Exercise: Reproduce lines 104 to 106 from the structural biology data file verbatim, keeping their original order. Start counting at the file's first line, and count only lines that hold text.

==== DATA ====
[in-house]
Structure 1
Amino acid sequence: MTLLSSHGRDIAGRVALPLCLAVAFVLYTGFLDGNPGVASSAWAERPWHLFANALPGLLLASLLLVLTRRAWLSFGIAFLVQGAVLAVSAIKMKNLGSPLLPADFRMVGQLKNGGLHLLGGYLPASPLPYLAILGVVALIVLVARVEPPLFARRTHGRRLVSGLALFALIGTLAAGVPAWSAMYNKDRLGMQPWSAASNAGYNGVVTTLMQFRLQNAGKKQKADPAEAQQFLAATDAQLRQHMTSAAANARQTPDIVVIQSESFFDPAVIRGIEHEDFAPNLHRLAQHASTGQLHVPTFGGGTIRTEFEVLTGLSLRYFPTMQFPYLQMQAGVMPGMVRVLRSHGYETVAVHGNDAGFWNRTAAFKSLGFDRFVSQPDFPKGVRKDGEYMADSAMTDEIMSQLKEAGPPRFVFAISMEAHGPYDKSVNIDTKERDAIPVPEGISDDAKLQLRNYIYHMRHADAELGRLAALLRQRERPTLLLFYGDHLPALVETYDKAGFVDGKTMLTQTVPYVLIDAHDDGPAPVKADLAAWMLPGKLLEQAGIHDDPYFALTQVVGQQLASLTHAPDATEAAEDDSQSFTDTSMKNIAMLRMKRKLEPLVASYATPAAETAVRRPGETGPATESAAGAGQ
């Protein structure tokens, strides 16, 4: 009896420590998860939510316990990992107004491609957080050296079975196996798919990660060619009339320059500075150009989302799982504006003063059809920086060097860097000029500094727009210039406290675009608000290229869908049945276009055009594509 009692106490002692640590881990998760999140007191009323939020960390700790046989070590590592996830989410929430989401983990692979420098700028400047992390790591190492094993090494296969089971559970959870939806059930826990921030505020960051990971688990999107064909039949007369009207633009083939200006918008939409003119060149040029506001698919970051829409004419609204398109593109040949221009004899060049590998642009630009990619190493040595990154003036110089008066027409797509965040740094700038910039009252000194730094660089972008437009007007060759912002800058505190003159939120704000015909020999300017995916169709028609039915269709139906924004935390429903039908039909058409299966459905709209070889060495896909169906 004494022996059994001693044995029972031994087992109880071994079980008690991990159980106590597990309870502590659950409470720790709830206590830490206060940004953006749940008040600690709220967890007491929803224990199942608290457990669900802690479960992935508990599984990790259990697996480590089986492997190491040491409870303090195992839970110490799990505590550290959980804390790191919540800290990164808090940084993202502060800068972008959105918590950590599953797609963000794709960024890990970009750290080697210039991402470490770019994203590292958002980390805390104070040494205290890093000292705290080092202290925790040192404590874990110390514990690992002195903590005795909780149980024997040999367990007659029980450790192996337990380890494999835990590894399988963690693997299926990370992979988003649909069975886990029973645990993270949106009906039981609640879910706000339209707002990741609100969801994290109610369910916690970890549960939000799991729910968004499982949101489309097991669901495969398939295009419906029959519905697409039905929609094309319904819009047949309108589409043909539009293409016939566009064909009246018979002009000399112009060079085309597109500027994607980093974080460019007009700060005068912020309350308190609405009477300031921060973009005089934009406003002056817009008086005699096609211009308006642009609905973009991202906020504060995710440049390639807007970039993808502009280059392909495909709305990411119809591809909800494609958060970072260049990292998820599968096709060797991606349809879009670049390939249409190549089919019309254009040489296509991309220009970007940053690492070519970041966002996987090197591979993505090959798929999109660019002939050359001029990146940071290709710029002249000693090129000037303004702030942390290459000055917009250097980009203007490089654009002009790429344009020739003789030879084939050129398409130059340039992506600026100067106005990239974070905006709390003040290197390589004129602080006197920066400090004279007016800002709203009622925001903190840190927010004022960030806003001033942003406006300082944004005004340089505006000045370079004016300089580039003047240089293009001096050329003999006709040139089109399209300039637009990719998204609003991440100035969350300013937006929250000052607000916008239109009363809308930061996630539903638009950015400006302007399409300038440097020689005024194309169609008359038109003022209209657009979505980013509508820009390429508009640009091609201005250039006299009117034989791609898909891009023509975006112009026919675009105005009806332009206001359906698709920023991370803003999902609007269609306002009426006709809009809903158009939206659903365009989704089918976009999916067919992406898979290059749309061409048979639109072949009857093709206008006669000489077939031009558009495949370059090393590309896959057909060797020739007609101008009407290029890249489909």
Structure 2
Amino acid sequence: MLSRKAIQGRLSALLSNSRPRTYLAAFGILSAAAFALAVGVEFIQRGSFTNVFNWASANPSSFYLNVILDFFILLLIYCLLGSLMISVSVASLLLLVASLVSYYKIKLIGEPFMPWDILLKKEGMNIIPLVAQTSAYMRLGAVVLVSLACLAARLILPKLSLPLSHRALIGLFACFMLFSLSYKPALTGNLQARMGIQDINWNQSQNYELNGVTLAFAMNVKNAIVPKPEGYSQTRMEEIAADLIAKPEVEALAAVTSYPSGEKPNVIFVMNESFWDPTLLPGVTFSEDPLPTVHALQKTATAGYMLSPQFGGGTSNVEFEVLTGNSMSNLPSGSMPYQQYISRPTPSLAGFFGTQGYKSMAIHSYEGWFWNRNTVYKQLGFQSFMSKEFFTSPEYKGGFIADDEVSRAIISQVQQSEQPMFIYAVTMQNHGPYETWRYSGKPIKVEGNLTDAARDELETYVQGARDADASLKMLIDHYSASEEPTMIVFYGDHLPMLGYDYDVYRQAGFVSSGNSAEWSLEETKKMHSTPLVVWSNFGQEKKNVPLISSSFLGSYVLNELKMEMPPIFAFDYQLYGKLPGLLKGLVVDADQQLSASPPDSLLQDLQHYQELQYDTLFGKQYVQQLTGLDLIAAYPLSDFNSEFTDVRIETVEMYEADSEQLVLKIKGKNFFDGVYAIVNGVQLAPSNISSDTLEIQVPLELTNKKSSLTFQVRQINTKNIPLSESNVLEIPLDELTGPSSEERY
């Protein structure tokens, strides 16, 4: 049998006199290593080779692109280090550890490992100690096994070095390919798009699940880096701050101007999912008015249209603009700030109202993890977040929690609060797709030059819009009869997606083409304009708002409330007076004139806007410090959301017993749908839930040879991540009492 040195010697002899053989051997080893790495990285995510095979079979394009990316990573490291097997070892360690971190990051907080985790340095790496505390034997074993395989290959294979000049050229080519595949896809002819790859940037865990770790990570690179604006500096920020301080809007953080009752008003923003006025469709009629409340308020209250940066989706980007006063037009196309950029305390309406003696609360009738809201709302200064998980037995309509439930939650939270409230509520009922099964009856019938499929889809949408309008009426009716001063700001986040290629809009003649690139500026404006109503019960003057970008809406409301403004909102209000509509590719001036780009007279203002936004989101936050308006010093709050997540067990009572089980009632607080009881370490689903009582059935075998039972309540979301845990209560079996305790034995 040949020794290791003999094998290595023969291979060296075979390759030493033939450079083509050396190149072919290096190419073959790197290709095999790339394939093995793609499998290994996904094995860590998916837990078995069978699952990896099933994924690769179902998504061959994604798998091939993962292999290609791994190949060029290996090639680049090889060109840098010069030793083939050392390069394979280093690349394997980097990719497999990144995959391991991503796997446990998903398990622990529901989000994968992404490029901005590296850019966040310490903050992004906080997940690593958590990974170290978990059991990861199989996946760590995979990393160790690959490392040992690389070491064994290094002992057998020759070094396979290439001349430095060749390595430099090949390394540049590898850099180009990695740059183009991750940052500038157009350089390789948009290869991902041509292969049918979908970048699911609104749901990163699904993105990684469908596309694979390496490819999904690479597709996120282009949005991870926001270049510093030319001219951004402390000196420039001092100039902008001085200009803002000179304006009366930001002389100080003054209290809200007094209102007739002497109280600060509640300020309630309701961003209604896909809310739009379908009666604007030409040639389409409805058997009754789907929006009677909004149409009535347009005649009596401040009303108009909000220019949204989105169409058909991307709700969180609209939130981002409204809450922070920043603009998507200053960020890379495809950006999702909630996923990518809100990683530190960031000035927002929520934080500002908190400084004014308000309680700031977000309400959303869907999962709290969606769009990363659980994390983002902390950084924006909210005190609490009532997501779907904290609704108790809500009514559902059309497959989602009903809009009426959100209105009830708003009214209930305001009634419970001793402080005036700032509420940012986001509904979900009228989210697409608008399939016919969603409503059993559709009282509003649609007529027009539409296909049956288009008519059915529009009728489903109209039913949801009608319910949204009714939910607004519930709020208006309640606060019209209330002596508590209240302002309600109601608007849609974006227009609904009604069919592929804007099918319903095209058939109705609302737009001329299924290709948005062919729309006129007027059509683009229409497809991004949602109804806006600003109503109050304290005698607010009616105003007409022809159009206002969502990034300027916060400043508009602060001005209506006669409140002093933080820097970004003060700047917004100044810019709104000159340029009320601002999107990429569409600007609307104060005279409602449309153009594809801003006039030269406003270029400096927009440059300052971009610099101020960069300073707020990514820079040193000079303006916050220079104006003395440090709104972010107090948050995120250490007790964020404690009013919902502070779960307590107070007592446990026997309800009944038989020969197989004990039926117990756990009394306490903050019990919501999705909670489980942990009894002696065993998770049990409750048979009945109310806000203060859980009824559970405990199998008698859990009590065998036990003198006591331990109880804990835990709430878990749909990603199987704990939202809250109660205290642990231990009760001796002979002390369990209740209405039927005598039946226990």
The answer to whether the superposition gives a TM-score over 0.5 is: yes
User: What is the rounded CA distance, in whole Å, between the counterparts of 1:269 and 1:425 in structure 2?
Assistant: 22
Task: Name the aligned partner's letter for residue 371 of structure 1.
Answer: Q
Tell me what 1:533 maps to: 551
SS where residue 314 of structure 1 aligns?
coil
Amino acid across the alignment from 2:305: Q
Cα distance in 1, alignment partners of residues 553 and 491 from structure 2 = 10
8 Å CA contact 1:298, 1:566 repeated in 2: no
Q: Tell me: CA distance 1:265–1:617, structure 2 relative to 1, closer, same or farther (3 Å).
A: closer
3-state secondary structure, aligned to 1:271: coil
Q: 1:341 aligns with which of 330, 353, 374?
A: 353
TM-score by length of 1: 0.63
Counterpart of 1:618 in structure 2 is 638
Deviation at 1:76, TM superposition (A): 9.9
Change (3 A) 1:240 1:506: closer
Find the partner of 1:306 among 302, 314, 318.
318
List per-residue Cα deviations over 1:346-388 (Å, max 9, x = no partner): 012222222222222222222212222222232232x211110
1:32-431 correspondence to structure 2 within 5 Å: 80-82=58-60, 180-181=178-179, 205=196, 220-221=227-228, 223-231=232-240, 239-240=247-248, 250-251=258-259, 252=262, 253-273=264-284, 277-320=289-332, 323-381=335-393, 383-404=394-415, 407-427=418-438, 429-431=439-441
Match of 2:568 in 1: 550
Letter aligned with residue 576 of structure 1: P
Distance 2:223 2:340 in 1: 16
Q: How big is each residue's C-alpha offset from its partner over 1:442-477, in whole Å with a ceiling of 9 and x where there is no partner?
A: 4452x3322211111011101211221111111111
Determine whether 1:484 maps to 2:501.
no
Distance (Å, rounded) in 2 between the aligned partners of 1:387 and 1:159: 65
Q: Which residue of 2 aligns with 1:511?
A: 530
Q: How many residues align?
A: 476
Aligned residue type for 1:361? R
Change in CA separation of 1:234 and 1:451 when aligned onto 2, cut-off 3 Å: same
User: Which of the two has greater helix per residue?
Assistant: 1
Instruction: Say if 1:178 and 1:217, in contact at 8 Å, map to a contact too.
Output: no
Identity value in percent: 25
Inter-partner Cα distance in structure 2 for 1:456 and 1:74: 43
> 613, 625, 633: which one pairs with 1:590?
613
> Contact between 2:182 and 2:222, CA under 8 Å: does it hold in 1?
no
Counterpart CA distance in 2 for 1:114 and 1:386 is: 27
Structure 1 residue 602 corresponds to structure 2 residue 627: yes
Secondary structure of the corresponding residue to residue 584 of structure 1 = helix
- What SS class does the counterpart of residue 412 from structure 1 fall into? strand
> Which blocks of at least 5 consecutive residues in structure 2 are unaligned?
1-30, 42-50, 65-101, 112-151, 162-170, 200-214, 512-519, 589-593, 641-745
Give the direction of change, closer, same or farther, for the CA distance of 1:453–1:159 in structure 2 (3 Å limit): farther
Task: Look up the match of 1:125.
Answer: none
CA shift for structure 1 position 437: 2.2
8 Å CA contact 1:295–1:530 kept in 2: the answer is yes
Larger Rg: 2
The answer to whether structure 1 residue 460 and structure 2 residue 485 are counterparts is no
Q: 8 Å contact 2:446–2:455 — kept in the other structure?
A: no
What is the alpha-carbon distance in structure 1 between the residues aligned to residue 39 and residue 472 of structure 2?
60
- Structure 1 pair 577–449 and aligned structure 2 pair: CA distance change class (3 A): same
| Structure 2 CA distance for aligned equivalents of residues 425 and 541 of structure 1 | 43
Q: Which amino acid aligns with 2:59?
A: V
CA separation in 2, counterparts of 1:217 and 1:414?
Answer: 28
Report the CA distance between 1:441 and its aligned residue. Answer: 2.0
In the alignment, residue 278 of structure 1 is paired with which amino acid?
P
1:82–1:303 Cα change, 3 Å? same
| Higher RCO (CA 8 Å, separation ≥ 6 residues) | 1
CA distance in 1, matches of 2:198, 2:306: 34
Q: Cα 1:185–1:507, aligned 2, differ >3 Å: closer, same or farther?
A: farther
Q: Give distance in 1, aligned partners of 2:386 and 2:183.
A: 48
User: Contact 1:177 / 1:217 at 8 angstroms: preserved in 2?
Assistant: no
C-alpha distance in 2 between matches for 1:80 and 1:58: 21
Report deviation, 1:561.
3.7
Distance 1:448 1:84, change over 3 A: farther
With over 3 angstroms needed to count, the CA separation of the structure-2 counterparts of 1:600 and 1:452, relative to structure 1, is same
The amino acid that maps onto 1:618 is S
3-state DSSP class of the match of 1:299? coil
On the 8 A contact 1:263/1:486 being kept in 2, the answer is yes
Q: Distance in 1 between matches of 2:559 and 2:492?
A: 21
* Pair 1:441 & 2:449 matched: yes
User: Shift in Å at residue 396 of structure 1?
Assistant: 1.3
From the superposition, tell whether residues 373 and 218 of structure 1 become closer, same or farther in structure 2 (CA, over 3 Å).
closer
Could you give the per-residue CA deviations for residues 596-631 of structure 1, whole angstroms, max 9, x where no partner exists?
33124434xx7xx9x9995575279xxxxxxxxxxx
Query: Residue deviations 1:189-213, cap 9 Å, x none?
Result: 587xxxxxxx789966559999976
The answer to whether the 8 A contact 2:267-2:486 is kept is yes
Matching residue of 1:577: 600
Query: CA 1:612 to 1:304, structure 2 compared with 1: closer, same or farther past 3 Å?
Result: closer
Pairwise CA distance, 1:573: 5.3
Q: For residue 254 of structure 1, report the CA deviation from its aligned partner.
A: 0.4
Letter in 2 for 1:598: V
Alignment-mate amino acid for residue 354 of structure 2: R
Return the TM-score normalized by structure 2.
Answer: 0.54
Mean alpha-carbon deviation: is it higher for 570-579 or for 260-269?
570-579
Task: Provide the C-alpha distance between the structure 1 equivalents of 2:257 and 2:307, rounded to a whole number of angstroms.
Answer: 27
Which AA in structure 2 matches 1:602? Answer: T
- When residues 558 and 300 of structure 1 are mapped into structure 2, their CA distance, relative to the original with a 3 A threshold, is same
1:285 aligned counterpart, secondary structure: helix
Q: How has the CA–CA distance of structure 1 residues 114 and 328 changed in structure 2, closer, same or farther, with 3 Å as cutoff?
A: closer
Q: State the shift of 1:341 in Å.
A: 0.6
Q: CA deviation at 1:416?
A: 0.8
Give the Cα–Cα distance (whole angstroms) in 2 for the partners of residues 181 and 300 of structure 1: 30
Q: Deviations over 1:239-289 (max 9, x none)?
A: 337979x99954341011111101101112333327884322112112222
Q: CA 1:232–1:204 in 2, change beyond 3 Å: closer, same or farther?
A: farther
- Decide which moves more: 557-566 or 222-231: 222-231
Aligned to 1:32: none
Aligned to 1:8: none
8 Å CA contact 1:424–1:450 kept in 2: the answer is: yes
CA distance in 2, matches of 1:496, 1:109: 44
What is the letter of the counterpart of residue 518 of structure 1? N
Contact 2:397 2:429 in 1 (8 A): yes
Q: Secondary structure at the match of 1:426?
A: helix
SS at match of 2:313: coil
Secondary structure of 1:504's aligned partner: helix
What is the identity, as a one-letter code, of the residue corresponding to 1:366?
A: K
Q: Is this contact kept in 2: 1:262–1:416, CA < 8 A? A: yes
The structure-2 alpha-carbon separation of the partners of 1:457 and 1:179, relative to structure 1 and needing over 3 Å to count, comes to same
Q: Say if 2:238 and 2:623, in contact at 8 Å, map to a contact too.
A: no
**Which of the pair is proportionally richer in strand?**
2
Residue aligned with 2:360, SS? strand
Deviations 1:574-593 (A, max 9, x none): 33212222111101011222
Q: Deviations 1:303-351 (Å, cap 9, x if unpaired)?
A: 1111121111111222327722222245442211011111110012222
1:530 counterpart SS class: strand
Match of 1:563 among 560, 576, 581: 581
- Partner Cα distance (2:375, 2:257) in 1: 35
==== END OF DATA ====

From the superposition, tell whether residues 373 and 218 of structure 1 become closer, same or farther in structure 2 (CA, over 3 Å).
closer
Could you give the per-residue CA deviations for residues 596-631 of structure 1, whole angstroms, max 9, x where no partner exists?